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The Central Desert has a thriving art industry with artists drawn from all corners of the region. The Warlukurlangu Artists Association, located in Yuendumu, is one such business that has been operating successfully since 1986.
It is a not for profit organisation and has more than 600 members, all of whom are Aboriginal artists. The art centre is a popular enterprise activity, and provides social, cultural and economic rewards for artists and their families.
Warlukurlangu is a cooperative and provides members with materials to produce their art. The income from sales is shared between the artist and the Warlukurlangu Art Centre. The art centre’s share pays for business operations, special projects such as bush trips where artists and family members go out to visit their country (Jukurrpa sites) up to 300kms away. Warlukurlangu has also started its own community development initiatives and contributes funds to local projects such as the dog program.
Warlukurlangu has grown since it began in 1986 when artists worked at the Adult Education Building. In 1987 the art centre moved to a humble one-bedroom house west of the current Warlukurlangu art centre, and in 1991 the artists moved to the current building which was renovated in 2005. The centre is described as the social and cultural ‘hub’ of the community.
The Akngerrekenhe Art Centre in Harts Range has been operating for nine years. It is a fledging arts centre that caters to a tourist market made up of amateur mining prospectors and fossickers, and people travelling through the Plenty Highway on their way to Alice Springs and western Queensland. The artists are from the region and have recently begun holding workshops in different art mediums to develop a range of art techniques.
The Akngerrekenhe Art Centre gallery has recently been renovated and the centre will be expanded to become a training venue where people will learn about different art mediums and techniques, retail and display skills. The Akngerrekenhe Art Centre is a member of DesArt.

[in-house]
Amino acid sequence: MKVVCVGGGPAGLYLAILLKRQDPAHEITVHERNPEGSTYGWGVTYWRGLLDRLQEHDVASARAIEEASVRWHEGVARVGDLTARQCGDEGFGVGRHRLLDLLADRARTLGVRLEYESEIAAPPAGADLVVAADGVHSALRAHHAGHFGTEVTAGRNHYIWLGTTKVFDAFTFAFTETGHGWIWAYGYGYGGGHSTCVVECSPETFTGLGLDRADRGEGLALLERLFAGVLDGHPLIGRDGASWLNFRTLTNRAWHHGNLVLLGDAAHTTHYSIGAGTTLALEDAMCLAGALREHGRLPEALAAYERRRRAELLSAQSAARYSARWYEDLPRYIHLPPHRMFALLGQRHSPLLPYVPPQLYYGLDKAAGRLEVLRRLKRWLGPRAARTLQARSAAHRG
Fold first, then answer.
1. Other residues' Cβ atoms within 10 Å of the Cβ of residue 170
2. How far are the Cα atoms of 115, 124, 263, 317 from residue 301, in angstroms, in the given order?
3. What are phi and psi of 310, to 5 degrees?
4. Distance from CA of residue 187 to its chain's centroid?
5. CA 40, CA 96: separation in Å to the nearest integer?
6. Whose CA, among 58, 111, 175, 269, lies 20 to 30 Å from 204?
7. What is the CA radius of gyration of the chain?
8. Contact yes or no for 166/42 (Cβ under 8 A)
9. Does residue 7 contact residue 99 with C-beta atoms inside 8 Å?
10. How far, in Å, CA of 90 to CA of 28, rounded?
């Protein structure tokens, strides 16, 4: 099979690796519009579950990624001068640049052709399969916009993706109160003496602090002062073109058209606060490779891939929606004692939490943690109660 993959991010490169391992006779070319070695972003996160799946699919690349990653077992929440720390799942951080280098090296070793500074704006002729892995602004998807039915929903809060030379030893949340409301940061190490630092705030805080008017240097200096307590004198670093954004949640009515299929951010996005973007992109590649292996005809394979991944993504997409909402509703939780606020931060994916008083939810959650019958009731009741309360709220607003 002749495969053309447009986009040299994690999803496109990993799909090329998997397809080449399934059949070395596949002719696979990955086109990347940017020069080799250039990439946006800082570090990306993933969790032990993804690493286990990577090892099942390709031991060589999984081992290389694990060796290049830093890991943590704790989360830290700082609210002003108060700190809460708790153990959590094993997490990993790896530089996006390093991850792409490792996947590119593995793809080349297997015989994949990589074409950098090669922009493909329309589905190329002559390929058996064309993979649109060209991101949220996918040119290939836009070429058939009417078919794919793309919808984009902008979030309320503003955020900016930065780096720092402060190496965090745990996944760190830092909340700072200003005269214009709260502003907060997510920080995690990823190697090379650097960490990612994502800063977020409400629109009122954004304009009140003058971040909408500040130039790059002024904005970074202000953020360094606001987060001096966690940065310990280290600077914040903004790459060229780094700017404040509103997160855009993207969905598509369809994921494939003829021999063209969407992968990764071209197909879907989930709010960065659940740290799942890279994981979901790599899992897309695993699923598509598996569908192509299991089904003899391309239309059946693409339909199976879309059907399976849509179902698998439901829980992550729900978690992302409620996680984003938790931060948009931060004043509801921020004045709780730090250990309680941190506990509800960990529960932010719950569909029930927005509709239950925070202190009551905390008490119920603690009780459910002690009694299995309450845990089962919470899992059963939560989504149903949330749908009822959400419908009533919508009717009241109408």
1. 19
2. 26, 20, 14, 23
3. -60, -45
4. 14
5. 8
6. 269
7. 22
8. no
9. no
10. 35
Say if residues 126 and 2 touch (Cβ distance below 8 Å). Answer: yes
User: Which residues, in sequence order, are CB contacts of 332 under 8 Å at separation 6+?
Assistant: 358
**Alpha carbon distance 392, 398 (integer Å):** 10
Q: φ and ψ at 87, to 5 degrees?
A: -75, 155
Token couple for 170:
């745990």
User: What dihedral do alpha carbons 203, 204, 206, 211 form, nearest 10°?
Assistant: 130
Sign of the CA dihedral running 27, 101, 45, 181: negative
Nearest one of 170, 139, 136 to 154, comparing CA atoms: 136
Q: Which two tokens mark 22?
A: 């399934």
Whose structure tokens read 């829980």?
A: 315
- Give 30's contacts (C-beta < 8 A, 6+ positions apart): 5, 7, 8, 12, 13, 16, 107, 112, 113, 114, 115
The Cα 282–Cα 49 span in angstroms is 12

The Warnayaka Art Centre in Lajamanu has worked with a number of important and widely respect artists over many years. The Centre has been closed for sometime but has recently re-opened and celebrated the incorporation of the Warnayaka Art and Cultural Aboriginal Corporation.
The Art Centre focus is on the maintenance and transference of culture. This is achieved through close liaison between artists, elders, educational institutions and other agencies in Lajamanu.
The Central Desert Shire region has an enormous amount of tourism development potential. Visitors to the region want to experience life in the Territory and are keen to learn and experience the rich art, culture, landscape and history of the region.
The Tanami Road, Plenty and Stuart Highways offer spectacular landscapes and many tourists travel through the region every year. Our roads are the gateways to a variety of tourism destinations such as the MacDonnell Ranges (including the Red Centre Way), the Kimberley and Uluru - Kata Tjuta National Park.
Tourism development depends largely on the availability of tourism infrastructure, places of interest, and tourism experiences along the way. The region offers an abundance of these experiences and the Central Desert Shire is keen to find ways to develop the tourism potential of the region in partnership with local communities, pastoralists, roadhouses and industries.
- The Outback Way - Australia's Longest Short Cut